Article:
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Sep 16, 2015

How Do Individual Stories Converge into a Broader History?

From an interview by Stephen Dubner with Drew Faust, the first female president of Harvard  [Freakonomics Radio, 9/3/15]

I stopped everything when I heard this question and its answer on this podcast.  I love this description of bridging individual accounts, diaries, personal experience, family history with the broader historical narrative. 


DUBNER: And I know you’ve written that history is inherently tricky in that we rely so often now and then on individual stories, and yet individual stories can be nothing more that anecdotes that might be anomalous. So the job of a historian is to square those stories with the aggregate. I’m curious how you would apply that to the modern world these days. You know, you’re one person, I’m one person, everybody listening here is one person with their own sets of opinions and perhaps biases and so on. And yet we need to kind of think through our own prism, but toward the greater population. Do you think that problem that you identified as an historian is a big problem in kind of public civic life today and why there’s so much sort of…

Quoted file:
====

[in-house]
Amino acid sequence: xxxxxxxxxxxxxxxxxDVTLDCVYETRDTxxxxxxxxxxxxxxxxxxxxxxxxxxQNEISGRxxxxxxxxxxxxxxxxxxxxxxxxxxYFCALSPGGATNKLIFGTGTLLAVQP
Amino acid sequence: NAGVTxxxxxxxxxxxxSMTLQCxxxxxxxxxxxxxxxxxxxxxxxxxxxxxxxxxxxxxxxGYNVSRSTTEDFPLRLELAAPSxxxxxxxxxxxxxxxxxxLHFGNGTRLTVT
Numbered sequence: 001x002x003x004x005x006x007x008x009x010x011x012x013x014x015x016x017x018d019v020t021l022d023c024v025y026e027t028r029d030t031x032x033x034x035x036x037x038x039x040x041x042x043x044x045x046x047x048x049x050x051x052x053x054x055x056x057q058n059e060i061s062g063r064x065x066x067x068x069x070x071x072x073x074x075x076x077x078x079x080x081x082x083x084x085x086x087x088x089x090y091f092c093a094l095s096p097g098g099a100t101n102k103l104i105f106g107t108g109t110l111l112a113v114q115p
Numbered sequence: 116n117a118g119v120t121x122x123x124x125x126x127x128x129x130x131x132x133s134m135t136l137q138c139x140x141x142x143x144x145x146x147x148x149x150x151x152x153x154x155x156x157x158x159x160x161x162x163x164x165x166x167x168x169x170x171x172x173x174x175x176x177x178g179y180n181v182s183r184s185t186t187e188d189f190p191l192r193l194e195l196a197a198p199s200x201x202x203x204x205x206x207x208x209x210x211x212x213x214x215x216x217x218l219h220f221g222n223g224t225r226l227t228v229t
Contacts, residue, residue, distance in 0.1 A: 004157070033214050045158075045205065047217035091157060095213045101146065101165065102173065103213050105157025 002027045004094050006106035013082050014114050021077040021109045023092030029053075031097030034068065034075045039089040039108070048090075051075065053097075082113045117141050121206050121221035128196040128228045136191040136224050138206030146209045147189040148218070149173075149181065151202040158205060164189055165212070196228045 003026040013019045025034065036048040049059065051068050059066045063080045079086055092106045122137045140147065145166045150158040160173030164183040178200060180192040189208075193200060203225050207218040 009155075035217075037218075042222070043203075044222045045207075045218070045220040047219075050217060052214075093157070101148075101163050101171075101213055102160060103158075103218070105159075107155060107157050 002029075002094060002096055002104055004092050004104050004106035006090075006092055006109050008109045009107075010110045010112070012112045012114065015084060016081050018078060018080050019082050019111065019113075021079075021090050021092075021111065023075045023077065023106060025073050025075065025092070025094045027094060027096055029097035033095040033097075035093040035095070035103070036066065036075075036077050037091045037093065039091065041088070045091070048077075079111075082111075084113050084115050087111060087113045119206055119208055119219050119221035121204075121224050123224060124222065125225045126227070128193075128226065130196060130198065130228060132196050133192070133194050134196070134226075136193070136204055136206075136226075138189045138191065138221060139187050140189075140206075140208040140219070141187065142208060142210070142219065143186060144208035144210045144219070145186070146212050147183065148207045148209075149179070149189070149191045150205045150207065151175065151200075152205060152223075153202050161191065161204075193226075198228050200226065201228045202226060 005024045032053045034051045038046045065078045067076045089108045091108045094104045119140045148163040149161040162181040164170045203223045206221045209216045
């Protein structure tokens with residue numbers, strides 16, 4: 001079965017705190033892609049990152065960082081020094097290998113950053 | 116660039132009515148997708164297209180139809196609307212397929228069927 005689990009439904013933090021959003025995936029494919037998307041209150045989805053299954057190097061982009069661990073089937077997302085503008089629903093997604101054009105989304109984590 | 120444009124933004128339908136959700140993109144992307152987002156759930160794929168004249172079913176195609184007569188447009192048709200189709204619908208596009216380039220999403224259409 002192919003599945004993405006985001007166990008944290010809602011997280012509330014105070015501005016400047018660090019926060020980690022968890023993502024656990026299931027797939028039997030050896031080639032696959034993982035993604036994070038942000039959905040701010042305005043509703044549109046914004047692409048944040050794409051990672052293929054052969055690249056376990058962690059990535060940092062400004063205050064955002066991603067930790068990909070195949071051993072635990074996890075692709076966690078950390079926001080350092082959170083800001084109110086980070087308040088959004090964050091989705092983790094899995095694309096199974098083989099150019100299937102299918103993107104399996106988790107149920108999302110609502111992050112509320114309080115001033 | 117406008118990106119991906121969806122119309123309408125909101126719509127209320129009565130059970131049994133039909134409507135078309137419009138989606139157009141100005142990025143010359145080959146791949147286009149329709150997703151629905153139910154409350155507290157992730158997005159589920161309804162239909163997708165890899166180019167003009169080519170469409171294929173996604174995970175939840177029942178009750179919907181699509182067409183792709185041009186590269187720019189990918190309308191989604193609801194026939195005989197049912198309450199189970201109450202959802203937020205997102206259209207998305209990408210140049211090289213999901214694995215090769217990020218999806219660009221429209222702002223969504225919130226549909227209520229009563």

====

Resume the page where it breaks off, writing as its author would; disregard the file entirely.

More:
FAUST: That’s such an interesting question. That’s such an intriguing question, which suggests its own answer, I believe. Part of why I love history is it takes it outside ourselves and at its best enables us to look through other people’s eyes. And that enables us to understand what’s contingent about our choices and our existence. And we need to do that in our own time as well. We need to bridge beyond ourselves and take advantage of stories to serve as a road to other people, as a pathway to being able to look at the world through their eyes and to understand where they’re coming from, why they might differ with us on matters of policies, or practice, and have the stories empower us to be more than simply locked within our own selves. So that seems to me an important part of what stories can do for us now.